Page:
Defense attorney Carolyn Keeley painted a different picture, but still one that wasn’t exactly complimentary to her client. She described Bergstrom, 52 and single for 15 years, as a man who “likes to have fun.”

“He likes to drink; he likes to party,” she said. “He likes to have sex with women, and women like to have sex with him.”
That night, he became more attracted to Doe as the evening progressed, according to Keeley, and they were having a good time.
“She’s a pretty lady,” she said. “He thought she was fun.”

At his house, they talked and listened to music, and Bergstrom invited her to a gala to be held in Pebble Beach later in the week.
On the couch, they had sex, Keeley said, and after he initiated anal sex and realized she didn’t like it, he stopped and walked away.

“What she’s going to tell you when she comes to court, I have no idea,” the defense attorney said, referring to the victim’s “various stories.”

No one doubts she fled the house and called 911, Keeley said, but “what made her do that?”

“He could not figure out why this woman he was having a good time with freaked out and ran outside,” she said.

‘Walk around with shame’

On Tuesday afternoon, Doe took the stand and the repeated the story the prosecutor told the jury that morning. During the testimony, Johnson played the recording of her 911 call from Bergstrom’s cell phone. In the recording, Doe sounded hysterical and drunk, and told the dispatcher she was cold, scared and didn’t know where she was. She told the dispatcher, “He raped me so bad,” and said she was hiding so he wouldn’t find her. She identified her attacker as “Dr. Bergstrom,” (which the dispatcher asked her to spell correctly.) She said she couldn’t remember his first name, and told the 911 dispatcher, “It’s in the phone book, I’m sure.”

After Carmel police and then sheriff’s deputies arrived and questioned Doe and Bergstrom, an ambulance took her to CHOMP, where she underwent a Sexual Assault Response Team exam by a trained nurse who found injuries consistent with forcible sodomy. She spent seven days at CHOMP for treatment of various injuries and other conditions.

Johnson asked Doe about lasting effects of the incident. She said she has nightmares, can’t sleep, is isolated and doesn’t go out socially. “I feel like I walk around with shame,” she said. “And I know it’s a small community and everybody knows.”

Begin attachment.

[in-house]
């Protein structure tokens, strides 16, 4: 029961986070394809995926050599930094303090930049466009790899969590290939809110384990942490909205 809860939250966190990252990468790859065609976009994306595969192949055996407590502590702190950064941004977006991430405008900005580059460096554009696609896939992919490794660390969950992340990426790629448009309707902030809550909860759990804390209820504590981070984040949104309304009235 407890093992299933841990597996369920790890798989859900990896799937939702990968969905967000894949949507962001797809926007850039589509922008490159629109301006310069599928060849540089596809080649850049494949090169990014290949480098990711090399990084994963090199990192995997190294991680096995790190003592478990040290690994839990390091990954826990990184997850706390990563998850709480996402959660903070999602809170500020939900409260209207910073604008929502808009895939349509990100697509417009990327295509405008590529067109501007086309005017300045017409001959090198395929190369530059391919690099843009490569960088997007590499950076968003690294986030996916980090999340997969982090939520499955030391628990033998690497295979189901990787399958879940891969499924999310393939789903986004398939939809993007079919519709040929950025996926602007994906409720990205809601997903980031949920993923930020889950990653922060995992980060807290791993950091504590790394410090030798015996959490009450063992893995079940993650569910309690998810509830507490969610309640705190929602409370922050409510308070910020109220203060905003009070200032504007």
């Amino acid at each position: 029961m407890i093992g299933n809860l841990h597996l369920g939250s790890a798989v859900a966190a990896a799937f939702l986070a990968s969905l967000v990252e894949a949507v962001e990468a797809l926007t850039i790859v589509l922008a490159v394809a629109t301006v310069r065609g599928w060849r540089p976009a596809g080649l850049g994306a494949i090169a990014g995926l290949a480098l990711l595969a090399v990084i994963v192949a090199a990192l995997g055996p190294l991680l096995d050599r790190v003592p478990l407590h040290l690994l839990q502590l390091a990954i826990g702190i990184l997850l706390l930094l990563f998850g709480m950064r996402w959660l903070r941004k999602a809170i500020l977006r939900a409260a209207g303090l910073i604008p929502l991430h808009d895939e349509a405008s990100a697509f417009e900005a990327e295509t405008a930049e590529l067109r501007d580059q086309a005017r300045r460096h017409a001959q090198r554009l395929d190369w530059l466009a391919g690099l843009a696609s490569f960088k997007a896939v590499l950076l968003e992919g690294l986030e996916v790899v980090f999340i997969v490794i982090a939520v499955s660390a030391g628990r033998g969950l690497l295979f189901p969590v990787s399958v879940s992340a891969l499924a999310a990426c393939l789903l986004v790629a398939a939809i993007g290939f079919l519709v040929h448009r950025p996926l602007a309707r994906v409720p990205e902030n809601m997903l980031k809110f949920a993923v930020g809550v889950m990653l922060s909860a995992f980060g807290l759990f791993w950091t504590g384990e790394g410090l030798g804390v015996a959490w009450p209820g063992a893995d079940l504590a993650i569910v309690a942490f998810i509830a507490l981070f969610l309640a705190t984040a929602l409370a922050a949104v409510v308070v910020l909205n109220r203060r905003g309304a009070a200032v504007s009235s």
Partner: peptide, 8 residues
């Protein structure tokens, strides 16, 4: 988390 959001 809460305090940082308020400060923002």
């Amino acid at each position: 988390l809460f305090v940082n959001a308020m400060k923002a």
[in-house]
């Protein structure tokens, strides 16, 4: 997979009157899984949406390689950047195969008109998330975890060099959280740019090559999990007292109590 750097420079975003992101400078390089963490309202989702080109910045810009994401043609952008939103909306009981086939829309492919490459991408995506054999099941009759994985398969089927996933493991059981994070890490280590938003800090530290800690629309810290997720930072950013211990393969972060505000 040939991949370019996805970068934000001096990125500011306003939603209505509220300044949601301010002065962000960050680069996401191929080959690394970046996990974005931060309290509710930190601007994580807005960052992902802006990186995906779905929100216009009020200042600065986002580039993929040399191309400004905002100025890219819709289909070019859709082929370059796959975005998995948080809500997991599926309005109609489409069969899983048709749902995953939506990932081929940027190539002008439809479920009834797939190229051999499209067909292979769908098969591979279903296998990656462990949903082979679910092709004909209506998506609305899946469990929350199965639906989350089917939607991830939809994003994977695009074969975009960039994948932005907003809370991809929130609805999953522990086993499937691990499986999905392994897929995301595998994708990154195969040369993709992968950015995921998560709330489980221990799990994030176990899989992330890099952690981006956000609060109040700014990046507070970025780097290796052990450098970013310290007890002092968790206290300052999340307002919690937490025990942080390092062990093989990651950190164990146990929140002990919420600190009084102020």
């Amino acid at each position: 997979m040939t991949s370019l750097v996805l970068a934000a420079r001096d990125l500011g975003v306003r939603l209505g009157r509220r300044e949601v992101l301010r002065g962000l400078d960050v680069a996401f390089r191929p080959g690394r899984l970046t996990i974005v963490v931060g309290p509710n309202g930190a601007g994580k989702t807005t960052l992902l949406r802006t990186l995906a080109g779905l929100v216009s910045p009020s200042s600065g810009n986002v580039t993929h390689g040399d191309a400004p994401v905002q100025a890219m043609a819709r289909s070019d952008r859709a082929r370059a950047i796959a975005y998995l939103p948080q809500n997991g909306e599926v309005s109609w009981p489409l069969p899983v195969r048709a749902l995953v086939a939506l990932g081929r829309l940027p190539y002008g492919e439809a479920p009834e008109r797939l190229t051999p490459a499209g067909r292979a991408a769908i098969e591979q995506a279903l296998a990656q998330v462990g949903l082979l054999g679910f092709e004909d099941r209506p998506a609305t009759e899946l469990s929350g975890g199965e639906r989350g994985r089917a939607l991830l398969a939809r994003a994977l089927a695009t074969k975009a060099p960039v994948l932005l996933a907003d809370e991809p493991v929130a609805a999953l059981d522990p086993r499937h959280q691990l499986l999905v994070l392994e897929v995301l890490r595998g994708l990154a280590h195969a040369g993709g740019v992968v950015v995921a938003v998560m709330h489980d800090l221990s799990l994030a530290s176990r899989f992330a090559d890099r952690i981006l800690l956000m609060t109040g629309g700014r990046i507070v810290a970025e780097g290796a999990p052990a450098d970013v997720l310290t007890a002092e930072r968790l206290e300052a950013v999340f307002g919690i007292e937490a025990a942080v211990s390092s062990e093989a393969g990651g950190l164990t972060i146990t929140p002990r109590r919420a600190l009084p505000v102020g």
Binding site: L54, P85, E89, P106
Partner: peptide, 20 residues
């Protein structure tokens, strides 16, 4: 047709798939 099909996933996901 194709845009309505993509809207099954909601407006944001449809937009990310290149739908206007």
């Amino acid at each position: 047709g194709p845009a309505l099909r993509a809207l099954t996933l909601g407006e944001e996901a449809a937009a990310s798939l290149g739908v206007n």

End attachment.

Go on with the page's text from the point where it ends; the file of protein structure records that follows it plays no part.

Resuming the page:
‘I don’t recall’

In cross examination, Keeley focused on statements, some contradictory, which the woman made to police, investigators and the nurse after the incident and during the following days.

She raised the issue of Doe’s blood alcohol content, which was more than .20 percent five hours after her 3 a.m. call. Doe said she underwent gastric bypass surgery in 2005, making her body more sensitive to alcohol. (Bergstrom’s BAC was .17 percent, and he reportedly had Vicodin in his system.)

Keeley also sought to establish whether Doe knew of Bergstrom’s reputation as being “promiscuous” and whether she was having a good time with him. She questioned whether the woman knew how she would get home from Bergstrom’s house, since she doesn’t have a car and went there in his.

Keeley tried to get the witness to pinpoint details of the evening, such as how many people were in each bar and how many friends were with Bergstrom.

Upset and agitated, Doe repeatedly said she didn’t remember her answers to investigators and the nurse, but if they included such comments in their reports, she must have said them. When Monterey County Superior Court Judge Russell Scott intervened to explain the question was not if she said something, but if she remembered saying it, her answer to Keeley’s questions along those lines became, “I don’t recall.”

She frequently burst into tears during questioning and repeatedly referred to Bergstrom’s sodomizing her.

Keeley asked Doe about her week in the hospital after the incident, as well as what occurred during a prior visit, raising the issue of her taking prescription drugs for depression and being advised not to consume alcohol.

After answering a few followup questions from Johnson and a couple more from Keeley, Doe stepped down from the stand, and Johnson called SART nurse Sheree Goldman, who examined Doe for several hours and testified about her injuries.

The prosecutor also received permission from the judge to show graphic cell-phone videos indicating Bergstrom’s sexual tendencies and introduce the testimony of another woman who reportedly had a similar encounter with him. She is known as Jane Doe 2. The trial is expected to continue through next week.